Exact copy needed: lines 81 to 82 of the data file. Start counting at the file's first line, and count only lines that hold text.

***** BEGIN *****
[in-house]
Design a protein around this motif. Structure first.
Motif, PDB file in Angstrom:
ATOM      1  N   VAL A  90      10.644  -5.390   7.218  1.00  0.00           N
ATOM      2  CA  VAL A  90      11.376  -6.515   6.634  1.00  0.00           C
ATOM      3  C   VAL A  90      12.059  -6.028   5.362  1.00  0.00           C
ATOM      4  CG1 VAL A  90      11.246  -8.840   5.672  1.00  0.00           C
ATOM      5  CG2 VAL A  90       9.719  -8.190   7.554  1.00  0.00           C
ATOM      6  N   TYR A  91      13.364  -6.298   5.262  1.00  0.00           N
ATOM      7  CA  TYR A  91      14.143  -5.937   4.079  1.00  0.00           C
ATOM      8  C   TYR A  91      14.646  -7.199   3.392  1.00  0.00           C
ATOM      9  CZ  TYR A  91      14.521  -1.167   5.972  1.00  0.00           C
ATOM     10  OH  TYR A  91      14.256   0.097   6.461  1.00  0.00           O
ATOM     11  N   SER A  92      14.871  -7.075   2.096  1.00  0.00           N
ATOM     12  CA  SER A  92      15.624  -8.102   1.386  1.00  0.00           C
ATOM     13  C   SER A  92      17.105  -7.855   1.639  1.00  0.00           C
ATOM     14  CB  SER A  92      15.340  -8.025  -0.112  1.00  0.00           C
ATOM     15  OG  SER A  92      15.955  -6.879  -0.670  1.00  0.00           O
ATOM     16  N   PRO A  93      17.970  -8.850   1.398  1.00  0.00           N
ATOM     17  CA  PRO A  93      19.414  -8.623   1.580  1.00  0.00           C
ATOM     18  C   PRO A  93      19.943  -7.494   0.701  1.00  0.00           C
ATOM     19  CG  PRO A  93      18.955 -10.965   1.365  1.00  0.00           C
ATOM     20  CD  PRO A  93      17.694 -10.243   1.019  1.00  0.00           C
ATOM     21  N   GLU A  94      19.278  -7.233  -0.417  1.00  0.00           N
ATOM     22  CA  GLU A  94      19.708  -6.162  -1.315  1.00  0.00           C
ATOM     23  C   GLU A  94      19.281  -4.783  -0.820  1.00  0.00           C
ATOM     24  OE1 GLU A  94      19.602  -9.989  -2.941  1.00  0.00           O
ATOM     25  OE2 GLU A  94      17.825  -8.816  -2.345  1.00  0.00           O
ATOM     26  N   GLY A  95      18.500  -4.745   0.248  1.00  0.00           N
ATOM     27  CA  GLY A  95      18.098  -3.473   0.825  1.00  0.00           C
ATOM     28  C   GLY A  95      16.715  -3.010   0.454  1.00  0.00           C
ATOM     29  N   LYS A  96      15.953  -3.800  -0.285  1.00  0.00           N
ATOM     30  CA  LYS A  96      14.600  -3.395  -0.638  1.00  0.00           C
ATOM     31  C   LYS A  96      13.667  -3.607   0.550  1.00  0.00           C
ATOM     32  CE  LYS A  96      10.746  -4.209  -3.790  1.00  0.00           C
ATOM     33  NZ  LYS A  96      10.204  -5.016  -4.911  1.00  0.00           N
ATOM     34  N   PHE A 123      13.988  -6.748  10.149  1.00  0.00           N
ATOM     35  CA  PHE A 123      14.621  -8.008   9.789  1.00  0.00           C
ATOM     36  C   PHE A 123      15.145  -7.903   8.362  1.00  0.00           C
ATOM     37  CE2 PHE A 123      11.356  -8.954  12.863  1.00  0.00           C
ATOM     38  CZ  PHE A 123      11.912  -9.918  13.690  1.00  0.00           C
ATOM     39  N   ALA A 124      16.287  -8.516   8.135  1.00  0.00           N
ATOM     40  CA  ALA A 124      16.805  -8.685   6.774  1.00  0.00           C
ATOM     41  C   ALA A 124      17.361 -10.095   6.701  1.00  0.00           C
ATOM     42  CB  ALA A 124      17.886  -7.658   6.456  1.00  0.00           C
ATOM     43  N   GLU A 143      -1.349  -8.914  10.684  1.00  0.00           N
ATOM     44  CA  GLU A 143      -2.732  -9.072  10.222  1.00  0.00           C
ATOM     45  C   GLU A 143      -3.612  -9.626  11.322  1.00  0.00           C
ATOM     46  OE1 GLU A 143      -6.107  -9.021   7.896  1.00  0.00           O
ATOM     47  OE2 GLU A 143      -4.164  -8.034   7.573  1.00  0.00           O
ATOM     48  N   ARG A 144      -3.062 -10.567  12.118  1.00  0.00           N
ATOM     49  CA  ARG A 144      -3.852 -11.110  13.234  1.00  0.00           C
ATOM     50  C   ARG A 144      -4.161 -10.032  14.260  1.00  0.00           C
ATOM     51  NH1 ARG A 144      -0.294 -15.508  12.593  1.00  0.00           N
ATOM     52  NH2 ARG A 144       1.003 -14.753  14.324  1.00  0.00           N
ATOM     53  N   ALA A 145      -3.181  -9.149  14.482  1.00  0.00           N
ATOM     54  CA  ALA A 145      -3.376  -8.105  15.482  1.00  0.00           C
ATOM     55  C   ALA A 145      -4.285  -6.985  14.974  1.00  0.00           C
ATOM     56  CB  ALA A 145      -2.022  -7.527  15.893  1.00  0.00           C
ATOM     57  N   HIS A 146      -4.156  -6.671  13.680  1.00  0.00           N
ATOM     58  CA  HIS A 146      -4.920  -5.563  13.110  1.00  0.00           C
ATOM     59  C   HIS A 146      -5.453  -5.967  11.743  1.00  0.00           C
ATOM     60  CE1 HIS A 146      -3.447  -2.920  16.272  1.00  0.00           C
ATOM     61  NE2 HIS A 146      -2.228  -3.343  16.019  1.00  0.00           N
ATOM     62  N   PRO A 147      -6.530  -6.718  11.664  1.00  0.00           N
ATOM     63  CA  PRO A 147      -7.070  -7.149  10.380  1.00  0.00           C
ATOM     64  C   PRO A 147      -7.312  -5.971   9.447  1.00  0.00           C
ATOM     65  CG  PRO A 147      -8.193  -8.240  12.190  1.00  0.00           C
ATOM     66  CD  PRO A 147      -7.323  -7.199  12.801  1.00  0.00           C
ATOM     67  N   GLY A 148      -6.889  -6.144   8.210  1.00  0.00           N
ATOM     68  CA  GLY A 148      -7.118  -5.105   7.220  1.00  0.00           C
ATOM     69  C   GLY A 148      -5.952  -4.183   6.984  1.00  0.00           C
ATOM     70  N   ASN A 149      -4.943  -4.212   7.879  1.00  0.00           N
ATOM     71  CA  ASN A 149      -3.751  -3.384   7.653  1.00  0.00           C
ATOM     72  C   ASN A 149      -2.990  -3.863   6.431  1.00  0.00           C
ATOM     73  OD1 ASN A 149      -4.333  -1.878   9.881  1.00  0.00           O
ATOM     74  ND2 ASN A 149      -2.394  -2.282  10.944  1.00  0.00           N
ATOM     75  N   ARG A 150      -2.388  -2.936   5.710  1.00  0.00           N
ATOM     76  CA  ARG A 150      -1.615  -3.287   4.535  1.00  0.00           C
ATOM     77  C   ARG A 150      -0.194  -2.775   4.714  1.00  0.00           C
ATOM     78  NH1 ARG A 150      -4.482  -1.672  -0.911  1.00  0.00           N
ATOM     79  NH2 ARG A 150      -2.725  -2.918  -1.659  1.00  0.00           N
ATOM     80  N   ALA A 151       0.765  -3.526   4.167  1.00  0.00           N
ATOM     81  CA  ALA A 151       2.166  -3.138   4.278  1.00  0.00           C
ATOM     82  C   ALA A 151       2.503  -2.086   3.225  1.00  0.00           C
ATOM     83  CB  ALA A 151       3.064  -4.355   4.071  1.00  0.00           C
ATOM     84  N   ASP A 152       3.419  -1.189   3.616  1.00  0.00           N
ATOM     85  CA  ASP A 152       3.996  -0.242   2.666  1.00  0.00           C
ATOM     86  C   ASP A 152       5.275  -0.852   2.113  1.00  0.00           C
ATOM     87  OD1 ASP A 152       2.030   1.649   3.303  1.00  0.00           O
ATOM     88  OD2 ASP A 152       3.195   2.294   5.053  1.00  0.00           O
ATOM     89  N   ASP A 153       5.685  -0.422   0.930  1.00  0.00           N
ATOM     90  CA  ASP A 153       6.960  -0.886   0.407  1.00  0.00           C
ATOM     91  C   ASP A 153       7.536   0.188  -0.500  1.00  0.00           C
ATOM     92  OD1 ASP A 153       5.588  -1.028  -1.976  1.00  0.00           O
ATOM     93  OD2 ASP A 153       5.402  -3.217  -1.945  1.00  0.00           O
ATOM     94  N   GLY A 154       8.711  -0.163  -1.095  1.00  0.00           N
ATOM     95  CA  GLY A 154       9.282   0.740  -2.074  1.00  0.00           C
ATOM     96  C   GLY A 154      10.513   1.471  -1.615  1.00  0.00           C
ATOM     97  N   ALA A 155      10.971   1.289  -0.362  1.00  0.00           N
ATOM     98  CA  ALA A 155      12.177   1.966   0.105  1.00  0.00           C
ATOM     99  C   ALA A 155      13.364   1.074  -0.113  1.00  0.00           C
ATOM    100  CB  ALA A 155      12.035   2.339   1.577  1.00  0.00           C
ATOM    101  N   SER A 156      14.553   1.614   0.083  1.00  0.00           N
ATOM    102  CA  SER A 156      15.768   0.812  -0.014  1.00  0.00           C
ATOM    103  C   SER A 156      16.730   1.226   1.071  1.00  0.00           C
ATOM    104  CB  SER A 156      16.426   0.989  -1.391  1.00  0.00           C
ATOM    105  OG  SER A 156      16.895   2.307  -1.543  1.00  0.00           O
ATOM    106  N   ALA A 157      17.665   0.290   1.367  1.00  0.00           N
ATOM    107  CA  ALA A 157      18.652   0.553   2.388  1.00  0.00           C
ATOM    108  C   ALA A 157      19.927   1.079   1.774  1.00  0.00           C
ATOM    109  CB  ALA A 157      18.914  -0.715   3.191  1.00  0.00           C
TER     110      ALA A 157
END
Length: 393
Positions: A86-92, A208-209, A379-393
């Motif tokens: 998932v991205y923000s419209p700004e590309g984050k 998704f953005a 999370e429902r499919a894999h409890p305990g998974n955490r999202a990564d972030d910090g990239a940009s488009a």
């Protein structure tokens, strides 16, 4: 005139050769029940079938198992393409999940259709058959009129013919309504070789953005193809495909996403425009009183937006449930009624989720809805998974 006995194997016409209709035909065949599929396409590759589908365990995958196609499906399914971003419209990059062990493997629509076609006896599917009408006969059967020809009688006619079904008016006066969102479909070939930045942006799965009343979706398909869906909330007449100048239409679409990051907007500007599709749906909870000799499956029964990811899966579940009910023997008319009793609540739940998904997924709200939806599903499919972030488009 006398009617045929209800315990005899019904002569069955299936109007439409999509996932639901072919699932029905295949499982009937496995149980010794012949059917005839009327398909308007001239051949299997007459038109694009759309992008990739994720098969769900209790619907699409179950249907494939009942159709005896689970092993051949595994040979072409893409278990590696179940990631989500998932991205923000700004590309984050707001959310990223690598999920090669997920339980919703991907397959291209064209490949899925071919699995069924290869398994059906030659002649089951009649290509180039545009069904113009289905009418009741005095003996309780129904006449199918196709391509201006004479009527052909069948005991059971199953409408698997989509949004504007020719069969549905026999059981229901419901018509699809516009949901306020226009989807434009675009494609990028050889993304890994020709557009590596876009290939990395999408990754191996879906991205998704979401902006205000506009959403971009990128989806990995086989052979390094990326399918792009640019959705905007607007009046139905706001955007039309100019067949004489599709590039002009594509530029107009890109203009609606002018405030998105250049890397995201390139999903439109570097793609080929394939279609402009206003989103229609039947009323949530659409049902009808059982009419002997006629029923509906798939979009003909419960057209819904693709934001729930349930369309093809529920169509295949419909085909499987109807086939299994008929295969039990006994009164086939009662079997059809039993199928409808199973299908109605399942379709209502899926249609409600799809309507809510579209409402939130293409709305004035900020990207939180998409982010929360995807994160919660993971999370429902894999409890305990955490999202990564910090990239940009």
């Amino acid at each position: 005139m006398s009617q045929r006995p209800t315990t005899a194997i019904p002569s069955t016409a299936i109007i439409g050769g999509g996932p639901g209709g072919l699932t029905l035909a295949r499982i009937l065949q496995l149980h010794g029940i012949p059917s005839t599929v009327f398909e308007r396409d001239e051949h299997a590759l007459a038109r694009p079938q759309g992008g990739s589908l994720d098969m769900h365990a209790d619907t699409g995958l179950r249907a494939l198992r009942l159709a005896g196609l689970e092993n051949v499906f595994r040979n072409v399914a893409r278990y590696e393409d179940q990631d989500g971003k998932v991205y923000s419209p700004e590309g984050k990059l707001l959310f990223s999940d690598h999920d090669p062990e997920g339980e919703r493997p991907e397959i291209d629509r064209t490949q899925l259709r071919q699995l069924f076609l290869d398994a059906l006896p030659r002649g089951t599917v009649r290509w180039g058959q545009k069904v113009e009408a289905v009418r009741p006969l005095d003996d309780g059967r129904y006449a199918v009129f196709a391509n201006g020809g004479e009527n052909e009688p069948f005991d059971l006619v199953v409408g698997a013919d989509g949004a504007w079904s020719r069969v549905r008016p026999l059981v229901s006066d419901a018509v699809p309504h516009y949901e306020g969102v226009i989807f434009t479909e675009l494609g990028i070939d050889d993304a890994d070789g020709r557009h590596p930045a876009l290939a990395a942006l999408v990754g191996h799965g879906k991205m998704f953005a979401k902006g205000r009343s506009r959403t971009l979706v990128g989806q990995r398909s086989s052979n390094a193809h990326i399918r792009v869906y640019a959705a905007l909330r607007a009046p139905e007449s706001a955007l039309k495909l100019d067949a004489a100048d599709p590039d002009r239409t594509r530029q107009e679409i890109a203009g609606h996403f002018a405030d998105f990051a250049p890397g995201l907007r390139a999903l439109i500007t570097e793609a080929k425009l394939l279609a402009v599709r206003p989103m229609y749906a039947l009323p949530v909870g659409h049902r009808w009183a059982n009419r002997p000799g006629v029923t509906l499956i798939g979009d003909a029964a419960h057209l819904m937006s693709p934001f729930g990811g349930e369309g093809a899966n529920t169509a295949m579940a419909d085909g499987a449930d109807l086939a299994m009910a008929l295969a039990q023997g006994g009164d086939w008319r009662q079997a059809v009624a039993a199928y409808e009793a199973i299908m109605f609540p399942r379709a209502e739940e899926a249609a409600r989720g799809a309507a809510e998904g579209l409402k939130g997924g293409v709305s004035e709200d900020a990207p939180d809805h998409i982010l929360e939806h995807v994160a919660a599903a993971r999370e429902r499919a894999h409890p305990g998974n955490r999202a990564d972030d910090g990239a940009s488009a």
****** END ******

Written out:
ATOM     78  NH1 ARG A 150      -4.482  -1.672  -0.911  1.00  0.00           N
ATOM     79  NH2 ARG A 150      -2.725  -2.918  -1.659  1.00  0.00           N